Engage Awards of £100 are being given to ten Cambridgeshire churches who have completed recent projects to help them engage with their communities. This is great news: when churches open their doors they not only meet real local need, they are also doing the best thing they can to keep the historic fabric in good shape: putting it to use!
The awards go to
Buckden – Easy access is something we should all take for granted. Thanks to the skill of retired members of the congregation, for a relatively small outlay access to the church building has been made easier for all with increased use of the building a result.
Burwell – The ‘Building to Serve’ project is inspirational. The PCC at Burwell has undertaken significant changes to the church building for the benefit of the wider community and remain undaunted as they plan the next phase.
Godmanchester – PCCs should not fear experimenting with their building. Moving pews from a traditional layout can free up space for a range of other activities as demonstrated so well at Godmanchester.
Hildersham – The longevity of church buildings is often down to the quality of the original materials and the craftsmen who built them. It’s heartening to read that this tradition lives on at Hildersham with the quality of the north porch, WC and kitchen. But a WC and kitchen is not just about quality of workmanship – for, as the PCC say in their application, they allow the church to be a building ‘fit for many purposes’.
Horseheath – To hear the bells ring out after 30 years of silence as a change-ring would have been a marvellous moment. Bells have the ability to unite the generations and the visit by the Sunday and Brownie Group to the bell foundry would stay in the memories of many for years.
Horningsea – The PCC’s statement that ‘ St Peter’s Church has already been buzzing with Community activity since the work was completed at the end of April 2016’ sums it all up. I never cease to be amazed by the benefits a WC and simple kitchen can bring to both worshippers and the wider community. Well done Horningsea!
Gt Eversden – A church in need of repair can be dispiriting both for the onlooker and those responsible for its maintenance. Hats off to Gt Eversden PCC who recognised that wider community involvement was key to success. Undaunted by phase 1, further repairs are planned as well as the addition of a WC, kitchen and artwork. Amazing.
Somersham – A dark, poorly lit church can be detrimental to worship as well as making the building unattractive for wider-community use. The new scheme at Somersham brings alive the architecture of the church building and makes it far more practical for the wide range of activities attracted to this marvellous church.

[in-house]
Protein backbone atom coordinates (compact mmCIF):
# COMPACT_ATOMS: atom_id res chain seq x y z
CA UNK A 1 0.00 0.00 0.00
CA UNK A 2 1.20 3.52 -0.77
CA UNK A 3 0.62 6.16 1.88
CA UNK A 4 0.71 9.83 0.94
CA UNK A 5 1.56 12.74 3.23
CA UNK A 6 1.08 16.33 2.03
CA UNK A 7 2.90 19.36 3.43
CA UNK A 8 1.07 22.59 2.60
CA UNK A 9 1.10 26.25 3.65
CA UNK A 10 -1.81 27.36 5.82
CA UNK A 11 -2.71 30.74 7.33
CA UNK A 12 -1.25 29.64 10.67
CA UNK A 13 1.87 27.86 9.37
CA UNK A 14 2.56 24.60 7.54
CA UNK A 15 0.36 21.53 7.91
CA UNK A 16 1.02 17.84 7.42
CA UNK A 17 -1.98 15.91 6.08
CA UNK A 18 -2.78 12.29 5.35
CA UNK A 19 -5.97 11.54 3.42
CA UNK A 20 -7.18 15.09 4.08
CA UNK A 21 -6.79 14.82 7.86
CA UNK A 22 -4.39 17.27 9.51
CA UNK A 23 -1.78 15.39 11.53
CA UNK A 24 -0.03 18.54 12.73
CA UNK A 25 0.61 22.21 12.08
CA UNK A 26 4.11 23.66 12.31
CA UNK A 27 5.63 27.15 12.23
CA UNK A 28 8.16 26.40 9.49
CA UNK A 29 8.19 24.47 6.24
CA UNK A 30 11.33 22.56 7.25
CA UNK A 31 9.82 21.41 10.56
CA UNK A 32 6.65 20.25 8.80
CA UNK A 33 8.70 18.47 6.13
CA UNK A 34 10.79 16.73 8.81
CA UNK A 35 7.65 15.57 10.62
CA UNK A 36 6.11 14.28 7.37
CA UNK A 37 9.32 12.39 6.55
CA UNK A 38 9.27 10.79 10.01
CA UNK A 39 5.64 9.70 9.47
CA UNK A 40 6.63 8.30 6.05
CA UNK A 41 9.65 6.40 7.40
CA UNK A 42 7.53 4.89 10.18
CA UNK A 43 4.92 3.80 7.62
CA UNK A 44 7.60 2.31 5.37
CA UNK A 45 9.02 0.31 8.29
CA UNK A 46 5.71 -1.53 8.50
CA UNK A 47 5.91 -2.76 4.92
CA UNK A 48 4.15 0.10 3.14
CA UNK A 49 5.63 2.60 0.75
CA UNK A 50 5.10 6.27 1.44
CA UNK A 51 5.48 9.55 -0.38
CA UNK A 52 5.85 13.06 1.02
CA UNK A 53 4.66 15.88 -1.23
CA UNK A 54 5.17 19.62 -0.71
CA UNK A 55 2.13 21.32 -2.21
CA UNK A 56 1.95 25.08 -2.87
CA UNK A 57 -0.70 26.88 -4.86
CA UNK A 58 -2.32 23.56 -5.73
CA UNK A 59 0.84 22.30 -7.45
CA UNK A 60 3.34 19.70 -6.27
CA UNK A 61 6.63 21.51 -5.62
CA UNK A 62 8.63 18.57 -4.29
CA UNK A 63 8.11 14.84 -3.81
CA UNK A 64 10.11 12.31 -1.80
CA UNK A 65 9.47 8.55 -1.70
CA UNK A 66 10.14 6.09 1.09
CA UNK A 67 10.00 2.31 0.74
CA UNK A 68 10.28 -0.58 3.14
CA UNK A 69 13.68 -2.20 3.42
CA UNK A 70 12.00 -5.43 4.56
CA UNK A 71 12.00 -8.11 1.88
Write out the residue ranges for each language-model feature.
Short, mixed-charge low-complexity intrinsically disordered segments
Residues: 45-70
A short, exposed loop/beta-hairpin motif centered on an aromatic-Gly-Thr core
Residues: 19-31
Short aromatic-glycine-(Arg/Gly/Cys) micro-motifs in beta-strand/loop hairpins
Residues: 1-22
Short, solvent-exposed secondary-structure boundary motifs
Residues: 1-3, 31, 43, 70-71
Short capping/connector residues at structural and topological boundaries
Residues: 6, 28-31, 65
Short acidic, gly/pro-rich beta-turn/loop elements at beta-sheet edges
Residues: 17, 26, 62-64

Southoe – Tackling a church heating system is daunting but with support from the community and energetic fundraising Southoe have done it. The benefits are realised immediately – a warm church is a welcoming church – and its inspiring to read of the groups using the building.
Toseland is only allowed one award then my vote is for the loo. A simple and cheap solution constructed with self-help – they should go into business selling the design to other churches!
When I became Chair of the Cambridgeshire Historic Churches Trust, I wanted to do something straight away to celebrate the committed and imaginative care that so many congregations – often very small – are showing for their historic churches buildings. In the Diocese of Ely we are encouraging our churches to engage fully and courageously with the needs of our communities”, and our places of worship can be a tremendous asset in doing that if we can re-imagine them and make the necessary adaptations to throw them open again to community use. “Again” because that is how they were used in days gone by, and history is coming alive when community celebrations fill our naves once more.
So I invented the idea of “Engage Awards”: small in monetary terms but trumpeting the huge worth of our local Cambridgeshire initiatives. Ten sponsors (grateful thanks to them!)soon came forward to gift the money for the awards and ten churches wrote in with news of some great local projects, well worthy of being winners. So on this year’s Ride and Stride Day, 10th September, when lots of us will be sponsored to visit our ancient churches and raise money for their care, I will be making a Grand Tour of our winners to present the Awards in person and enjoy the work first-hand.
You can sponsor my Tour and raise funds for CHCT by visiting https://www.justgiving.com/fundraising/CHCTChairmansTour, and of course we’d be delighted if you’d join the Trust too: you’ll find our details at https://camhct.uk/, where there is also information about the Ride and Stride day.
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